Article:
3. Align Microscope Objectives to Mask Alignment Marks
      1. Figure 4: Top view diagram showing how we want to move our microscope objectives over the top of the mask alignment marks. In (a) we first must rotate the microscope assembly clockwise so that the microscope objectives are parallel to the mask alignment marks. In (b) we increase the lateral separation between the objectives so they both can be positioned over an alignment mark on either side of the wafer. We also adjust the x-y position of the microscope to align both objectives to the alignment marks. Part (c) shows correctly positioned objectives over the masks alignment marks.
      2. Once a wafer and a mask are loaded into the aligner, the first adjustment should be the position of the microscope objectives. To be able to properly align the wafer and the mask, you must firstbe able to see the alignment marks using the microscope. Figure 4 shows an example situation in which we begin with a misoriented wafer and microscope. In Figure 4 (a) the microscope is rotated clockwise until the objectives are parallel with the alignment marks on the mask. The objectives are then moved out laterally until they are spaced properly so that an alignment mark can be seen in each objective. X-Y position adjustments are also done on the microscope objectives until they are directly above the alignment marks. Figure 5 illustrates what the user should see in the microscope view once the microscope is properly aligned to the alignment marks on the mask. Once both marks are in view, slight adjustments in rotation angle and x-y position are made until the marks appear exactly parallel as illustrated in Figure 5. When looking through the microscope, be sure you are focused on the photomask and aligning to it and not the wafer below it.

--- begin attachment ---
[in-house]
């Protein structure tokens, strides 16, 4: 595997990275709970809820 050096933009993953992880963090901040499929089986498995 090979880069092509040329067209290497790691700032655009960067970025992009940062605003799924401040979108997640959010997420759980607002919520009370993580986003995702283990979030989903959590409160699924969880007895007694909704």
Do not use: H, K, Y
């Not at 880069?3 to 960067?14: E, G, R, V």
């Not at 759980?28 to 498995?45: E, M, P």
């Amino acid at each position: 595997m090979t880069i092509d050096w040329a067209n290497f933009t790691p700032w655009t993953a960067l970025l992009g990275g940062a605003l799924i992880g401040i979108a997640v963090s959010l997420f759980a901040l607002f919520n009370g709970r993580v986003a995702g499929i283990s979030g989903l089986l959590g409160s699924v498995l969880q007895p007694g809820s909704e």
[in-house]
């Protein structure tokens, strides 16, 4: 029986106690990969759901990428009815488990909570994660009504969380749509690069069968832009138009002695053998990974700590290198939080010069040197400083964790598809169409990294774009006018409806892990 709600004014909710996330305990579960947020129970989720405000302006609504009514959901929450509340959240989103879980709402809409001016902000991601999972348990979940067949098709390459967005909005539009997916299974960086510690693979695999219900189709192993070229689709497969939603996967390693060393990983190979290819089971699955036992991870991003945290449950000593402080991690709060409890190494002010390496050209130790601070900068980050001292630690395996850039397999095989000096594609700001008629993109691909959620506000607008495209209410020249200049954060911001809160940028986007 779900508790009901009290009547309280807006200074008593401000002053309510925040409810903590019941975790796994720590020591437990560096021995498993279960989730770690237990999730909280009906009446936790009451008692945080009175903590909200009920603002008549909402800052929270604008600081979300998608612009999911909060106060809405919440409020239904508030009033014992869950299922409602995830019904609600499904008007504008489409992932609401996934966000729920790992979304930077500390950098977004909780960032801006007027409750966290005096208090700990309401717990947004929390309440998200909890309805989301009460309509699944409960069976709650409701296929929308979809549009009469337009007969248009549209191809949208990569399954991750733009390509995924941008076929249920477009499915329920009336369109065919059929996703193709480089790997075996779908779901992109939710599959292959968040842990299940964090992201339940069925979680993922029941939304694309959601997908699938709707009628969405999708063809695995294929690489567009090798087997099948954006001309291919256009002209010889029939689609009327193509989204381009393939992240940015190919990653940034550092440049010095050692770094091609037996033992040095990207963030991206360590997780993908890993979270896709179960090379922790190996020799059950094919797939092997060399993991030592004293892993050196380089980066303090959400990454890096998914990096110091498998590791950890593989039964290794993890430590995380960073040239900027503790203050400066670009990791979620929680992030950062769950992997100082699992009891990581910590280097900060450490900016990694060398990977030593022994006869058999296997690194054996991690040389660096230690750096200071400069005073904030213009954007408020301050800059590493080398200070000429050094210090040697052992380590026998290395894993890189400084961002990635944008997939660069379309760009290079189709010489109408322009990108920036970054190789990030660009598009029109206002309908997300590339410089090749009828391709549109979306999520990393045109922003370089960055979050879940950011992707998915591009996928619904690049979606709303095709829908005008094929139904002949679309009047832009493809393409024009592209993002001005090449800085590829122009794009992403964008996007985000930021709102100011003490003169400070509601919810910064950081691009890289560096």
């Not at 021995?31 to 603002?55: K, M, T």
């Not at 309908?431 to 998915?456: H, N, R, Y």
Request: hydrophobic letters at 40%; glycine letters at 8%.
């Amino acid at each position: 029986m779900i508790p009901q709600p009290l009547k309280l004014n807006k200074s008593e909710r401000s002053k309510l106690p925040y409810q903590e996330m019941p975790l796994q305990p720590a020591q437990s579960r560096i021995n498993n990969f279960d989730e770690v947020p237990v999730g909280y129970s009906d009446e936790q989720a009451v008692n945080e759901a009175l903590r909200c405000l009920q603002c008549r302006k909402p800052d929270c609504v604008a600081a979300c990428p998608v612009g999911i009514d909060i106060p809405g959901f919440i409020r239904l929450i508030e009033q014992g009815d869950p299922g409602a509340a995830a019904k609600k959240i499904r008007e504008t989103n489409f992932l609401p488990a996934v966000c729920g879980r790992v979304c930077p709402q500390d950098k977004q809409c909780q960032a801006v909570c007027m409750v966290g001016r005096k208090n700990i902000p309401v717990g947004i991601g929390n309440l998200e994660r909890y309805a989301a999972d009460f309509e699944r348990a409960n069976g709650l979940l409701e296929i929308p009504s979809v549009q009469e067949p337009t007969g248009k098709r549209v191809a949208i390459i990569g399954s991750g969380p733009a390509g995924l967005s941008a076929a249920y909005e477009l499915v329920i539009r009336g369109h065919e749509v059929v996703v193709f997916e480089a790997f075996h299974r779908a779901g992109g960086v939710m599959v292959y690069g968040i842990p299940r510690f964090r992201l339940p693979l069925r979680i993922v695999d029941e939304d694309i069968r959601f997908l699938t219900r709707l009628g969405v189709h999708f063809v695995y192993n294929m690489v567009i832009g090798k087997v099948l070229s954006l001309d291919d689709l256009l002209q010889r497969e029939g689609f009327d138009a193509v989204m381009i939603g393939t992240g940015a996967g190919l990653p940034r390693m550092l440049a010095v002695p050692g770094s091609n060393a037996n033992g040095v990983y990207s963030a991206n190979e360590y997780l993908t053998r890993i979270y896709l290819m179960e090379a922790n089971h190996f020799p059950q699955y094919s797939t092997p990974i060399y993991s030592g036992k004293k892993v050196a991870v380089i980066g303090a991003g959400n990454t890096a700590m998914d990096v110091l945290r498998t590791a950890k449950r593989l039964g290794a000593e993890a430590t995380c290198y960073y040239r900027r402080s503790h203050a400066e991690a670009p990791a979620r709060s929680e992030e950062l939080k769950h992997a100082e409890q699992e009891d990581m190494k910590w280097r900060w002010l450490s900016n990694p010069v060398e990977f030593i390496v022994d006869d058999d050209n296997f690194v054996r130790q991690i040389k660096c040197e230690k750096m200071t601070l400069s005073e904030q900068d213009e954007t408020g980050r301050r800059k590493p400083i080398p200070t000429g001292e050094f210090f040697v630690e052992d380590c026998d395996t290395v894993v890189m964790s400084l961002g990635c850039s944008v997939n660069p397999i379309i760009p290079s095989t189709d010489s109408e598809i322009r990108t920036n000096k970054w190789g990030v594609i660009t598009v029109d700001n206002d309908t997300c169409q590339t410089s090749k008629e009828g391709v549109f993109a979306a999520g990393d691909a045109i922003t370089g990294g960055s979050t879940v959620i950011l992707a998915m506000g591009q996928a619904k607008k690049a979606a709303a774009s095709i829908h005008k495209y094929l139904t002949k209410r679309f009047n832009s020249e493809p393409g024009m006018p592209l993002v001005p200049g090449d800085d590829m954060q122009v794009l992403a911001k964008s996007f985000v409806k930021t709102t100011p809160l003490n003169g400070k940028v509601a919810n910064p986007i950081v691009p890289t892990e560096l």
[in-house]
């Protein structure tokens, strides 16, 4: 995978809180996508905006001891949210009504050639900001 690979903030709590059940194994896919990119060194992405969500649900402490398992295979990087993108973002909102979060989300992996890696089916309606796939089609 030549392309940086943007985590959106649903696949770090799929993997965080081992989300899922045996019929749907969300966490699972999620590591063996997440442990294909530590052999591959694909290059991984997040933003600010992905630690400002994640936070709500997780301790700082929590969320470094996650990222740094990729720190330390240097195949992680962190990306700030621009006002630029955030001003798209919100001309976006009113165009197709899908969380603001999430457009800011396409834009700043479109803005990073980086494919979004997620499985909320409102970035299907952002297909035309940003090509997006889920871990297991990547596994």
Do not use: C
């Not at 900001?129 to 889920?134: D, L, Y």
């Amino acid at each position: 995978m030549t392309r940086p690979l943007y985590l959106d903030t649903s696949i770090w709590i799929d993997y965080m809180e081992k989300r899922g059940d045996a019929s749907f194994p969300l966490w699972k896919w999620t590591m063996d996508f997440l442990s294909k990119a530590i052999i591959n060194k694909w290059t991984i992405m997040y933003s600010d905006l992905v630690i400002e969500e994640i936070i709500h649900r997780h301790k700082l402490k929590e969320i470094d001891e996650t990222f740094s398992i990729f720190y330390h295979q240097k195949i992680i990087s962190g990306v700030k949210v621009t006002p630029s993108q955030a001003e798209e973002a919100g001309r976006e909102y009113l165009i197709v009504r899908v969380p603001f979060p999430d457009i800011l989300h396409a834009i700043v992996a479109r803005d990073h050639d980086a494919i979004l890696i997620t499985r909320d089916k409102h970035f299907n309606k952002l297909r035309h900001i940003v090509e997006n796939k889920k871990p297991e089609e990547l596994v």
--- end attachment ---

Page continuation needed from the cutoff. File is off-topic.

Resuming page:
3. Figure 5:View in the microscope corresponding to the alignment position shown in Figure 4(c). This figure assumes a split view for the microscope and the mask’s alignment marks are positioned in the middle of each objective’s view. The microscope should be adjusted so that the marks are parallel to each other.
    4. Move A Wafer Alignment Mark Close to a Mask Alignment Mark